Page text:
1) How did you get our game? We’re download only.
    2) This isn’t 1999 anymore my 70 year old mother in-law has always on internet.
    3) Yes I am old thanks.

    But yes there are elegant ways to do copy protection and then there are the idiotic securom/invasive ways that dedicated copy protection companies use.
    And 13 days is great for Irrational [who get into Dixons and EB] but not so much for companies like us.

  24. DosFreak says:

    “This point of view manages to cause me a lot of annoyance lately. Sure, I suppose it’s fine if it was levelled at anyone else, but Valve? For all the people who say “Valve is just a money grabbing company these days” over the whole cancelling of the Black Box then have the cheek to claim they might go out of buisness? In the semi-words of Pheonix Wright: “CONTRADICTION!”

    OK, some will say this without having said that Valve are a money grabbing company, still have to remember that Valve are one of the biggest PC games companies, they generated a revenue of $70 million dollars in 2005, and then this year have released the Orange Box on both the PC and 360, and have a PS3 version coming out – they’re not exactly going to be closing any time soon are they? And if they did I’m pretty certain they would somehow ‘unlock’ all the Steam games.”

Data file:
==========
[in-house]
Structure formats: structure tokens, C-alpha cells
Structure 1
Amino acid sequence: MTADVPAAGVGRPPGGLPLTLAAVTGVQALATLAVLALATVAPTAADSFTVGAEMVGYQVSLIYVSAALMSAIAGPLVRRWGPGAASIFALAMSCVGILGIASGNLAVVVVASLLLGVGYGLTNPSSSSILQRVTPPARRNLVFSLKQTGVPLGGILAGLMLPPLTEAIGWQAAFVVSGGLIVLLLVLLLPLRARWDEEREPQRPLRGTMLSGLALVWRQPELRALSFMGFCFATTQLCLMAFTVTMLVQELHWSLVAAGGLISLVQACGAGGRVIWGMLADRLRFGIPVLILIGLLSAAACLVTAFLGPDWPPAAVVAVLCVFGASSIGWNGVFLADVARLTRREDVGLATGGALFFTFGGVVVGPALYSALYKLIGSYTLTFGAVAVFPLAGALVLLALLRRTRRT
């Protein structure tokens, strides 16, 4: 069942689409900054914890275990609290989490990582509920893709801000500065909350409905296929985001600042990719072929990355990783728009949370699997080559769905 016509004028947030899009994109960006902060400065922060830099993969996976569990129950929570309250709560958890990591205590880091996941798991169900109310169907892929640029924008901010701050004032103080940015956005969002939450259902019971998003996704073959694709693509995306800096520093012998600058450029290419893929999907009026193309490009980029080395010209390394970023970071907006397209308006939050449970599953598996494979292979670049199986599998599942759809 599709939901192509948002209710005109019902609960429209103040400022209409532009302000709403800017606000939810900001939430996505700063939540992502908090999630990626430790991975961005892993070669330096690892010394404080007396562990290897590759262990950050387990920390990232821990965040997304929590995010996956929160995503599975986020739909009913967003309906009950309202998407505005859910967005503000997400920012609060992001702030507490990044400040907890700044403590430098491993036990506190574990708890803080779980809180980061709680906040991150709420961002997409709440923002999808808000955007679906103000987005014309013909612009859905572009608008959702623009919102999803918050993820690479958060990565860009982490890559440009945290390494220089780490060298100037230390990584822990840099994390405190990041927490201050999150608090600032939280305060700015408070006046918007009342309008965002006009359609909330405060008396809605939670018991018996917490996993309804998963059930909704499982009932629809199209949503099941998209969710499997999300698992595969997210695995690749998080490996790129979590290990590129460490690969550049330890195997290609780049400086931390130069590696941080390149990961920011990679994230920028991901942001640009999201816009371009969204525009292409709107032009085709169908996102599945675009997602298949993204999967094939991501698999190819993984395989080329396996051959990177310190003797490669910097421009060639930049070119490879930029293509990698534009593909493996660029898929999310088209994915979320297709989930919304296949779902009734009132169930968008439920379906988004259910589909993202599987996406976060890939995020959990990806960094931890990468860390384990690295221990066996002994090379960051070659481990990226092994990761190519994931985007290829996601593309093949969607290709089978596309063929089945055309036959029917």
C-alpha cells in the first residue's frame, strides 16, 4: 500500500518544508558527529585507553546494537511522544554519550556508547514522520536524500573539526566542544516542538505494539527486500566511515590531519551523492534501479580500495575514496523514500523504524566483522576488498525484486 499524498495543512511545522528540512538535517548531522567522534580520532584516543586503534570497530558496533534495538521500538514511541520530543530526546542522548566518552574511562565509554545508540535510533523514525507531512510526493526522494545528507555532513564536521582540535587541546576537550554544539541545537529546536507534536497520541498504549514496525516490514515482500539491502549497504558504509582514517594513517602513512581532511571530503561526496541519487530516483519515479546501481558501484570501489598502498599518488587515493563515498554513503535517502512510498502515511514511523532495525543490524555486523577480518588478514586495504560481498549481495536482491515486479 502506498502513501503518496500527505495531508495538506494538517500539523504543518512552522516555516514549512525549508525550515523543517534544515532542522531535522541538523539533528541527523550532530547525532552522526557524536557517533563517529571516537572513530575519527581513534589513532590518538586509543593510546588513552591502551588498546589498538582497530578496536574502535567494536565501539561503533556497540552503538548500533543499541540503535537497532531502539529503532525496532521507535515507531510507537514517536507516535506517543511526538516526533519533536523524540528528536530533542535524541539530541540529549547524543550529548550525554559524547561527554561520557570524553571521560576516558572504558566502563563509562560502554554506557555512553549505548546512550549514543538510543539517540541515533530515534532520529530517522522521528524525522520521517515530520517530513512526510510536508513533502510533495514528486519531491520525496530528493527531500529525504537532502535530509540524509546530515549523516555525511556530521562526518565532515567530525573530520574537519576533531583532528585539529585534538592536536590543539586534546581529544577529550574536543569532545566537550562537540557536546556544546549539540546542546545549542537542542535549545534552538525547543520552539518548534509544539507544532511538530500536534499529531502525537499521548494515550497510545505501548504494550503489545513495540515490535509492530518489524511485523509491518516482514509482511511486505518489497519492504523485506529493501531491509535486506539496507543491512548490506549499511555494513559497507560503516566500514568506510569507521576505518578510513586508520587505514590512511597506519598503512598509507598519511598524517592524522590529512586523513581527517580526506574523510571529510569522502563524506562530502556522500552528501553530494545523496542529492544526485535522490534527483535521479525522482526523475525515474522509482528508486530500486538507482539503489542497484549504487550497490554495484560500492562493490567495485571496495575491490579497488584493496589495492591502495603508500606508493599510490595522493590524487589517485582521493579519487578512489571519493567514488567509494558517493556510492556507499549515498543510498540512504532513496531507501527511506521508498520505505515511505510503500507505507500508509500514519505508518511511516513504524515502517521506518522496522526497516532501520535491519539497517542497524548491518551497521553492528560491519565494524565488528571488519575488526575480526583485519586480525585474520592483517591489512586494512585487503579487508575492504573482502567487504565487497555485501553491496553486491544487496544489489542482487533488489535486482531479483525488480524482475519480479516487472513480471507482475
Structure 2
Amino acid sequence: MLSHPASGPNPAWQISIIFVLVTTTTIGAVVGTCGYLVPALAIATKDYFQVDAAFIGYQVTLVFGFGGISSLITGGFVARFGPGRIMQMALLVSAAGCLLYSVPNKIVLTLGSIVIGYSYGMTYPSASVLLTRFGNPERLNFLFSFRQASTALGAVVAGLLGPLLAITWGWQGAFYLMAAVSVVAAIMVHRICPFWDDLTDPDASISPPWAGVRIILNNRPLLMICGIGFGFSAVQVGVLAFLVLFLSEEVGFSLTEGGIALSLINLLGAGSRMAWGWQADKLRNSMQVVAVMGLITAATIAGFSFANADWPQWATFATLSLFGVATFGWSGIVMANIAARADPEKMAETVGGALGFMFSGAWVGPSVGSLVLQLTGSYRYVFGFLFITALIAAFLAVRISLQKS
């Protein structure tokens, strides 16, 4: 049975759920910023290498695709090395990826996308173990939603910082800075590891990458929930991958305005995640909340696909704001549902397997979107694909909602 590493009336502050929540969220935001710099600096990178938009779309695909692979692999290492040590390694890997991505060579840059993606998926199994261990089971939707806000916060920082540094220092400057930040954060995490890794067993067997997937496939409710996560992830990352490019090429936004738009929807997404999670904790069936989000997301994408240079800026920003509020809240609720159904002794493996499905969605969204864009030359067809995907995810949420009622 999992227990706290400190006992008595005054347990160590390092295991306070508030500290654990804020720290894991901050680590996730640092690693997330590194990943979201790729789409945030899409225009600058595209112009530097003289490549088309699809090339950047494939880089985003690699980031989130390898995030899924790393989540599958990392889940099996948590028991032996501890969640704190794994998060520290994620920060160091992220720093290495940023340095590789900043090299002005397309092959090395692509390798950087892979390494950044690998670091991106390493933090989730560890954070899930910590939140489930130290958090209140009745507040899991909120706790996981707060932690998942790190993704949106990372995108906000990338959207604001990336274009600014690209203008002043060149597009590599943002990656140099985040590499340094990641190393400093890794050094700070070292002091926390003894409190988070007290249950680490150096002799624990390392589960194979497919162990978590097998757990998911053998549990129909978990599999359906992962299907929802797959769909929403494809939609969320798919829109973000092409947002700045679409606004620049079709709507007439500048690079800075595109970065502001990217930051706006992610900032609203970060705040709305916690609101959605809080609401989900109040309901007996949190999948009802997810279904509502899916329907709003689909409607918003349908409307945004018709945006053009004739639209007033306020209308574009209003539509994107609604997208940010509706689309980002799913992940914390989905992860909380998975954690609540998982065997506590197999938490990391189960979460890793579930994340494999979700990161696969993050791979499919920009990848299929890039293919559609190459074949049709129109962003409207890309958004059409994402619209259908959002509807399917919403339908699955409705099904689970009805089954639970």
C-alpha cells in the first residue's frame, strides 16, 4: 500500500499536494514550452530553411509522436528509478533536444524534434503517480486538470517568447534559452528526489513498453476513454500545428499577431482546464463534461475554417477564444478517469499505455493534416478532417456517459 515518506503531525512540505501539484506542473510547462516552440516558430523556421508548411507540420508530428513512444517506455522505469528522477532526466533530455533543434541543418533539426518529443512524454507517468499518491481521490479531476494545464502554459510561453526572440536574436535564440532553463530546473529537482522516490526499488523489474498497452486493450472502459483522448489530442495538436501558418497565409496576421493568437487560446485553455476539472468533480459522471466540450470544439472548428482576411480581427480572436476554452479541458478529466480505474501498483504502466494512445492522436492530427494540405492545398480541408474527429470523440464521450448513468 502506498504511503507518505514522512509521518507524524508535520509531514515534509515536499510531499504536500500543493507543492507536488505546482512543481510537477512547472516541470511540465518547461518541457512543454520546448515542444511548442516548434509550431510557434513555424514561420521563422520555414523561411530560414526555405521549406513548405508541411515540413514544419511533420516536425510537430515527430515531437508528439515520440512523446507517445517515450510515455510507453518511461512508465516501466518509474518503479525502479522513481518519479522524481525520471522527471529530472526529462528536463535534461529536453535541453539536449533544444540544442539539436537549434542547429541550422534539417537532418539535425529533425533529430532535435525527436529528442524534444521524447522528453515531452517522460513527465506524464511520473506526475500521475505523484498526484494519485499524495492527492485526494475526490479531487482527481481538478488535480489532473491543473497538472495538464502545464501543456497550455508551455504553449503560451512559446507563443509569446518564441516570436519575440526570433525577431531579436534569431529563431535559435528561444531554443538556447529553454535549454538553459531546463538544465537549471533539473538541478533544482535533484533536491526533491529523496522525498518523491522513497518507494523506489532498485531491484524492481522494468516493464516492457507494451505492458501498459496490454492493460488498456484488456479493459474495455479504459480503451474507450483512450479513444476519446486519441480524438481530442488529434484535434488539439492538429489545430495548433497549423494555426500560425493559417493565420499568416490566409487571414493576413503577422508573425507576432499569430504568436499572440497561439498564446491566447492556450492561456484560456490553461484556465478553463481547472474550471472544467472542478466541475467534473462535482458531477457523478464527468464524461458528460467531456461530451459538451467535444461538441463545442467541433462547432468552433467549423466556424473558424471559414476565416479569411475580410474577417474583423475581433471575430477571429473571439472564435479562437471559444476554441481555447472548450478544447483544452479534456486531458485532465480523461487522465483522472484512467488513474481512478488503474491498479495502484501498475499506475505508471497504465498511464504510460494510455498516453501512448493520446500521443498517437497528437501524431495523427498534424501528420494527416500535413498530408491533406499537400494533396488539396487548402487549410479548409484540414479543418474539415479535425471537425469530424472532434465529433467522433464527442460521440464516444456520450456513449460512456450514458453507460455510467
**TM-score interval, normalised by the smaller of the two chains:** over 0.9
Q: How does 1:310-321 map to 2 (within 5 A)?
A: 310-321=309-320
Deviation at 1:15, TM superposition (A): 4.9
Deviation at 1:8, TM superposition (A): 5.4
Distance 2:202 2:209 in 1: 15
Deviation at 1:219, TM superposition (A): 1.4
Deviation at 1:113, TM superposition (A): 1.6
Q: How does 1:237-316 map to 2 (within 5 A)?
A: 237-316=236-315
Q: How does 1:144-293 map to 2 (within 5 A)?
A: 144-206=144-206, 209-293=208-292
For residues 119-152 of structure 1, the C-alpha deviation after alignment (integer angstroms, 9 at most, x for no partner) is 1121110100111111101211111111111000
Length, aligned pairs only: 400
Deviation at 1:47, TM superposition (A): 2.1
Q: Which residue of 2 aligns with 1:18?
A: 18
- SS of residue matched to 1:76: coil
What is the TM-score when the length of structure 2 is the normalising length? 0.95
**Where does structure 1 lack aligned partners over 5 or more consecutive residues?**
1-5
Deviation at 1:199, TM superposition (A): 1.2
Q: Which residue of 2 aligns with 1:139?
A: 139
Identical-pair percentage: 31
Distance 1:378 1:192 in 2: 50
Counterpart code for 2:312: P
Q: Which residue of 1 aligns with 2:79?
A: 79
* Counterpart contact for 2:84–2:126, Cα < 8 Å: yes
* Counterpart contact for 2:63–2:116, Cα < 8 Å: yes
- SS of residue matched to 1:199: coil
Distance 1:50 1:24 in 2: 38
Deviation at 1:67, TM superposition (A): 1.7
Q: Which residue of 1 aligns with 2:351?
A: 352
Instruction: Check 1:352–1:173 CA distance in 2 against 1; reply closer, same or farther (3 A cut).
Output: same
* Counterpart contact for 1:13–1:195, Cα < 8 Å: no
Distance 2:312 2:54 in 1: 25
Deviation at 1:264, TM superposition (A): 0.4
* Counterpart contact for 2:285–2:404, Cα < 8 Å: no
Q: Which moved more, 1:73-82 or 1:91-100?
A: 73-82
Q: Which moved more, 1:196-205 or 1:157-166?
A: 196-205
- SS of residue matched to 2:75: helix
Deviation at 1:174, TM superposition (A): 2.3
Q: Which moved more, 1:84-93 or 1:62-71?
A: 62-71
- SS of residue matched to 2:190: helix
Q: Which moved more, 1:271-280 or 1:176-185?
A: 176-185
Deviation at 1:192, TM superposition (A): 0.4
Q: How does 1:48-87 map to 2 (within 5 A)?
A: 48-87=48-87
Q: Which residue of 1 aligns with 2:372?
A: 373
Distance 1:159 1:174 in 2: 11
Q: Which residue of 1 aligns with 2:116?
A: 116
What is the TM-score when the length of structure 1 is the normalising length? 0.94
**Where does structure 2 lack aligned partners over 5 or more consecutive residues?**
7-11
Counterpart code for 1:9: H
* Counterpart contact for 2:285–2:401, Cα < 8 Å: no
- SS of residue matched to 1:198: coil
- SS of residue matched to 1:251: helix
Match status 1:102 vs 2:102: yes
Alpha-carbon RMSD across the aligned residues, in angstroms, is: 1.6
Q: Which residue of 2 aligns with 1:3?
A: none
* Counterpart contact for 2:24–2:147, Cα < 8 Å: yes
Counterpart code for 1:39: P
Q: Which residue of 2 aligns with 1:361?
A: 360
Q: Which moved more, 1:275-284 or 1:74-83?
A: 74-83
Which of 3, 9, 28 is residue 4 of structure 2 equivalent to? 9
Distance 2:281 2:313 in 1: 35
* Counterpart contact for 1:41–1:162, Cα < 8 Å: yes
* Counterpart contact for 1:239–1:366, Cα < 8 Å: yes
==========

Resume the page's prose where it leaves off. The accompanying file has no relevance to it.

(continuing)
Companies that made more money in their time and far better games have died long ago. Valve will die eventually. and “not closing any time soon”?

    How soon is soon for you? PC gamers have a far greater memory and collection than most console gamers. We also love to play our older games (Of course the same can be done with Consoles but most console gamers do not save their games).

    I stopped buying PC games for 2 years because I was fed up with all of the Securom/Safedisc BS. The game that brought me back was Oblivion (the only copy protection that games uses is a simple CD check).

    I stayed away from STEAM and games that uses activation until BioShock came out. When BioShock came out I knew it would be cracked very soon and I also bought the game to see if my stance against activation was warranted and it was. A couple of days after I bought Bioshock I found the NOCD and NOACTIVATION cracked BioShock executable and I burned it to another CD which I keep in the same case as my original BioShock CD. I can install BioShock on however many computers I want now and not have to contact the internet…..the way it should be.